Many dieters believe that losing weight means giving up delicious foods. It is possible to still enjoy your meals while making small adjustments to the amounts of food on your plate. The United States Department of Agriculture MyPlate website suggests that healthy meals start with more vegetables and fruits which tend to be lower in calories and virtually fat free. Our plates should contain smaller portions of protein and fewer refined grains servings. And don’t forget to include dairy in your meal plan. Drink low fat or skim milk with your meal or use fat-free or low-fat dairy products in your favorite recipes.
Here are 10 tips to help you make healthier choices when planning and serving family meals.
·Get to know the foods you eat by using the SuperTracker tools on the website. Compare dietary options with the Food-A-Pedia tool which supplies nutrition information for more than 8,000 foods. Users can also discover tips for making positive changes.
·Choose to eat some foods more or less often. Foods to choose more often are vegetables, fruits, whole grains, and fat-free or 1% milk and dairy products. Cut back on those high in solid fats, added sugars, and salt.
·Take your time to eat slowly, enjoy the taste and textures of food, and pay attention to how you feel. Use hunger and fullness cues to recognize when to eat and when you’ve had enough.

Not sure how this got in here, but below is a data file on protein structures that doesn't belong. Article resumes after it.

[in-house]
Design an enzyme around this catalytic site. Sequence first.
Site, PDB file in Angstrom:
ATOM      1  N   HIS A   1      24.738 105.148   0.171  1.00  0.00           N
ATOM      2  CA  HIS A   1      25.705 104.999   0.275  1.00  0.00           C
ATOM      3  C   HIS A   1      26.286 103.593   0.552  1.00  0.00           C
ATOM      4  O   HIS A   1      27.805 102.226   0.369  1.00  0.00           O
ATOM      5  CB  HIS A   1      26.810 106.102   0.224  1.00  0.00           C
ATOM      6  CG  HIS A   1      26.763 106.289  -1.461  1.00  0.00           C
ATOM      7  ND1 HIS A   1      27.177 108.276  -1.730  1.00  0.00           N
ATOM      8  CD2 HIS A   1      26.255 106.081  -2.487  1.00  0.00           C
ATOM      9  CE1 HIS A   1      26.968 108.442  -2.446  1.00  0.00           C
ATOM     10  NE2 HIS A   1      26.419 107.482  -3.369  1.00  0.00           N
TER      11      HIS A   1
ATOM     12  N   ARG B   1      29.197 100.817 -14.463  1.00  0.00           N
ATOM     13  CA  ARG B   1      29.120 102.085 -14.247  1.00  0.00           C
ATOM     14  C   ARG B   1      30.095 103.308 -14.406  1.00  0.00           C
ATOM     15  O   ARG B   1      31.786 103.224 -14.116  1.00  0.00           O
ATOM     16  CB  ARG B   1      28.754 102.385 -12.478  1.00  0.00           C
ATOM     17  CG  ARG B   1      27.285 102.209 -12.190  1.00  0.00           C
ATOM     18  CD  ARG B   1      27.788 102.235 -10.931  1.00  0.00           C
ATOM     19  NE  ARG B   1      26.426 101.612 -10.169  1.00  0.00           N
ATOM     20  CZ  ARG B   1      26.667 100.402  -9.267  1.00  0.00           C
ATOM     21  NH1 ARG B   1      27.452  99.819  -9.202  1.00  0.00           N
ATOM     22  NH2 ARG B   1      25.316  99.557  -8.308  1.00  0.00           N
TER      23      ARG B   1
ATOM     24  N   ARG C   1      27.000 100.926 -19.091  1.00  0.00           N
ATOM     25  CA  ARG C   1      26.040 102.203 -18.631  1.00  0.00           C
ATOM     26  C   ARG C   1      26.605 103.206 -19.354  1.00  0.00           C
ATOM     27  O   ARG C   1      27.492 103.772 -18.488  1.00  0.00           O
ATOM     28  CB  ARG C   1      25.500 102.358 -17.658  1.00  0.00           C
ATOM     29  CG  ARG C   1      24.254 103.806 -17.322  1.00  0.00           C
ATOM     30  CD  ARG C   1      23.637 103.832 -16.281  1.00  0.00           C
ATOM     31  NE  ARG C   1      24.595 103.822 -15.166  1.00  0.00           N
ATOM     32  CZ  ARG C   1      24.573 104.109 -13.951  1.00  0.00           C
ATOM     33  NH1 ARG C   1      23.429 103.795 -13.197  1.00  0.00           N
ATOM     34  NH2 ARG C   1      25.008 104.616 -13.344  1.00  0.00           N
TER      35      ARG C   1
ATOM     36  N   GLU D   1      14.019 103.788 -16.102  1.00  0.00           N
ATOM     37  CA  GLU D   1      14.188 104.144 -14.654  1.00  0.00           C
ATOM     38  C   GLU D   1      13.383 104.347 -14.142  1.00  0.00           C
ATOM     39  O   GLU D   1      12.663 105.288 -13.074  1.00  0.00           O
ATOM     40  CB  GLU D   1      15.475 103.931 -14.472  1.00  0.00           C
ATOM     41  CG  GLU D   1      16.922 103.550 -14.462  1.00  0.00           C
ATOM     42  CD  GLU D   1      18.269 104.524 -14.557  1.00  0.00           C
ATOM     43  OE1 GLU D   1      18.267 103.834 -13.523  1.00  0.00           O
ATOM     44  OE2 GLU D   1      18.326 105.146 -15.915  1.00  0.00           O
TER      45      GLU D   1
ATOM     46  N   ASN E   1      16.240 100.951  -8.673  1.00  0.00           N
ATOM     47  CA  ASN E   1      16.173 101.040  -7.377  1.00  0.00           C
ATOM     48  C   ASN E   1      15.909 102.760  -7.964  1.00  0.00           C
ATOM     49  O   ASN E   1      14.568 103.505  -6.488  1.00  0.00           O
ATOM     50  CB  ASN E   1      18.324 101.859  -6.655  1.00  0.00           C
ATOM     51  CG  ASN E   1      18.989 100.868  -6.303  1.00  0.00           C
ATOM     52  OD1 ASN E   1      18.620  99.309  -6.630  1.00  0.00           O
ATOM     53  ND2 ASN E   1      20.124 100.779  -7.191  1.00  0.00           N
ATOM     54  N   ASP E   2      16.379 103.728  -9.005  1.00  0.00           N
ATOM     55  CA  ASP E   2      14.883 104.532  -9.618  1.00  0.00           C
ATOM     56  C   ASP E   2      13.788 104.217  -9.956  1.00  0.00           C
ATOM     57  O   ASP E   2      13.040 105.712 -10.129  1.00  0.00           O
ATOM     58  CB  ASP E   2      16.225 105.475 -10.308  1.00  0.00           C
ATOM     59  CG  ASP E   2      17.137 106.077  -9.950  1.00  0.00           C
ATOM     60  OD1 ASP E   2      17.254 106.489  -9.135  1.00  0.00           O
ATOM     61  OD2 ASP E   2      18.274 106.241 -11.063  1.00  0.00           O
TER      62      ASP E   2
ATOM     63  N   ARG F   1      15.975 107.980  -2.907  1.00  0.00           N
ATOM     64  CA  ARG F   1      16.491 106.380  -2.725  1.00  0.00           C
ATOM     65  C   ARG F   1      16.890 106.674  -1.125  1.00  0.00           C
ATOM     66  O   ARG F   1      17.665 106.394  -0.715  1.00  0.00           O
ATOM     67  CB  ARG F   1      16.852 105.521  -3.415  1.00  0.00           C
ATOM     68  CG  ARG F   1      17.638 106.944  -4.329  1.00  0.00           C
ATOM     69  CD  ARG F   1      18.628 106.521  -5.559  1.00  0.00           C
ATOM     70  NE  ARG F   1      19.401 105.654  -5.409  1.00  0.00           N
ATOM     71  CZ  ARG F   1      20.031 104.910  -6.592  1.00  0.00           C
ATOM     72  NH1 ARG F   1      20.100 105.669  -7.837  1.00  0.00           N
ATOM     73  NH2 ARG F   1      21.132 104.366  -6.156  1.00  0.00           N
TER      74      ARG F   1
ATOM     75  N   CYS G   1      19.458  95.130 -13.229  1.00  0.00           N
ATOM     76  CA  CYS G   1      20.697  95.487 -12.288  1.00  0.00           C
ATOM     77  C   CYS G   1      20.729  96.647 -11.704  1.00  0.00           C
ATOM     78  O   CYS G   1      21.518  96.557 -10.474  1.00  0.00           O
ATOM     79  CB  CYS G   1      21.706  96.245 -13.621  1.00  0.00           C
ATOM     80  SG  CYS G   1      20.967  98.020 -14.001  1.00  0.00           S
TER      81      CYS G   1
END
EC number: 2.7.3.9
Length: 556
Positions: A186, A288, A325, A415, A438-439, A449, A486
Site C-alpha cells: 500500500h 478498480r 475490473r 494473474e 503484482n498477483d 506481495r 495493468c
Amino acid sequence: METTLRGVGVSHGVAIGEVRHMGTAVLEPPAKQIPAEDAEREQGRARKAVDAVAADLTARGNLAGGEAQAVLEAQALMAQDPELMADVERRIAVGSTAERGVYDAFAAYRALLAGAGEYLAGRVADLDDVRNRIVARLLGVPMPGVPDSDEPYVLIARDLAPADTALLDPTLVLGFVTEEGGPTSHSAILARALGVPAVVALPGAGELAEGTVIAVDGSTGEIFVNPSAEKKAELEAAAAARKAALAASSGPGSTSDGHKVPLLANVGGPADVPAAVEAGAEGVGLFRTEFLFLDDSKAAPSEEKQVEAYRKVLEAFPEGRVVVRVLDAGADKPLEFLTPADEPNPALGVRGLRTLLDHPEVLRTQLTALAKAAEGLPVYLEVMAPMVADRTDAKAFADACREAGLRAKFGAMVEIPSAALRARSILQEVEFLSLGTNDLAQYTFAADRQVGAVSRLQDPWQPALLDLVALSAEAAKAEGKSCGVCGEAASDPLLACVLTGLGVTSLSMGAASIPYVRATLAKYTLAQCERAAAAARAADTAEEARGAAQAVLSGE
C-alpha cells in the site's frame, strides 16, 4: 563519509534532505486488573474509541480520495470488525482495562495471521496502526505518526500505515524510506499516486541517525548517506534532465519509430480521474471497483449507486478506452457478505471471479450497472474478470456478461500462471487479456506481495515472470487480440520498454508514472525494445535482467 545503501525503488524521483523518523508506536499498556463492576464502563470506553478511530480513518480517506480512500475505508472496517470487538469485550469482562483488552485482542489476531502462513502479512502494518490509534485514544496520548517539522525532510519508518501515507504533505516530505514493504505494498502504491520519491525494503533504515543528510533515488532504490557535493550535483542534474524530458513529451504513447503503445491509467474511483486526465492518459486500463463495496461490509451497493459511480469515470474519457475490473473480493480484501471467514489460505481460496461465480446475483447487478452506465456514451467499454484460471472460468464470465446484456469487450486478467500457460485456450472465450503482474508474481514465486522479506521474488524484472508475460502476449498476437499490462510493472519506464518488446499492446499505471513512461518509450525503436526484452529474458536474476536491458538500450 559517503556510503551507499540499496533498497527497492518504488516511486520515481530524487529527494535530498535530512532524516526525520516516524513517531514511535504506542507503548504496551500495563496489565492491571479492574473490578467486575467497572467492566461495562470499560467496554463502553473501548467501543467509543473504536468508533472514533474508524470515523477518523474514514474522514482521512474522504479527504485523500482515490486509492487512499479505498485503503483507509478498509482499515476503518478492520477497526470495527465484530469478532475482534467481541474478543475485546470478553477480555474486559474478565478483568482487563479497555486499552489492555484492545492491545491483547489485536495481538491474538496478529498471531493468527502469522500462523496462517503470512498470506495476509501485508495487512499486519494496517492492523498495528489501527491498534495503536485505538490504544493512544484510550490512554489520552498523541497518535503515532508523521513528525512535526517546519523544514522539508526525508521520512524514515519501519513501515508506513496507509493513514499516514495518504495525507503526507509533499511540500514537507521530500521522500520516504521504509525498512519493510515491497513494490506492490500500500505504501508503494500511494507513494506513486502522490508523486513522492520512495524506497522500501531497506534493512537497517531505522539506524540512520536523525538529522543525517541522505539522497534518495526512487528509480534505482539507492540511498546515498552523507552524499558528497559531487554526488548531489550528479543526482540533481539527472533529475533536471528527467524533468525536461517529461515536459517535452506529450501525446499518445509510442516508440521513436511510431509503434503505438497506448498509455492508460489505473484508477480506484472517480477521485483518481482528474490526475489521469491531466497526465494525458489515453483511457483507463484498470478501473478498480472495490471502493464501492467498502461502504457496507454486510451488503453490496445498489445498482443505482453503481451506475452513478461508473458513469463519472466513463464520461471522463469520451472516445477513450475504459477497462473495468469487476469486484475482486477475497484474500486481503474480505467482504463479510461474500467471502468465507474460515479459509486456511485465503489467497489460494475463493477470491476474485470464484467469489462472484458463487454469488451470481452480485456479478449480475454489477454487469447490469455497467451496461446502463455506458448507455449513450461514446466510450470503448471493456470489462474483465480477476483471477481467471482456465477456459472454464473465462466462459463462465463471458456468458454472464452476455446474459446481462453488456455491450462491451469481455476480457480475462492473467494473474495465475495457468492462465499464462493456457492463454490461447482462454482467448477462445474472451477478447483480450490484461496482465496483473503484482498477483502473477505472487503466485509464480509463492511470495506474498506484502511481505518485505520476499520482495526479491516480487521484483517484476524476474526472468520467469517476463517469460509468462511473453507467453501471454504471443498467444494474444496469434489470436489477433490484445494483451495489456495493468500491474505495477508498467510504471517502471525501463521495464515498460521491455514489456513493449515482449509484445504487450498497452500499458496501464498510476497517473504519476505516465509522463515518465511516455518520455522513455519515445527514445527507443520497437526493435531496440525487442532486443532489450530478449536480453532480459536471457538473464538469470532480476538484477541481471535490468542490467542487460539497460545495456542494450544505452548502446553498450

·Use a smaller plate at meals to help with portion control. That way you can finish your entire plate and feel satisfied without overeating.
·If you eat out, choose healthier options. Many restaurants have websites that allow diners to research nutrition information about their menu items and compare options before arriving at the restaurant.
·Prepare food at home to make it easier to control the fat, sodium and sugar content in your meals.
·Make treats “treats,” not everyday foods. Treats are great once in a while. Just don’t make treat foods an everyday choice. Limit sweet treats to special occasions.
·Satisfy your sweet tooth in a healthy way. Indulge in a naturally sweet dessert dish—fruit! Serve a fresh fruit salad or a fruit parfait made with yogurt. For a hot dessert, bake apples and top with cinnamon.
·Sip smarter. Drink water or other calorie-free beverages, or fat-free milk when you are thirsty. Consume ½ cup of 100% juice as a fruit serving. Soda and other sweet drinks contain a lot of sugar and are high in calories.
Danna Gillett, retired Nutrition Extension Agent is the author of this news article. Contact your local extension office for more information.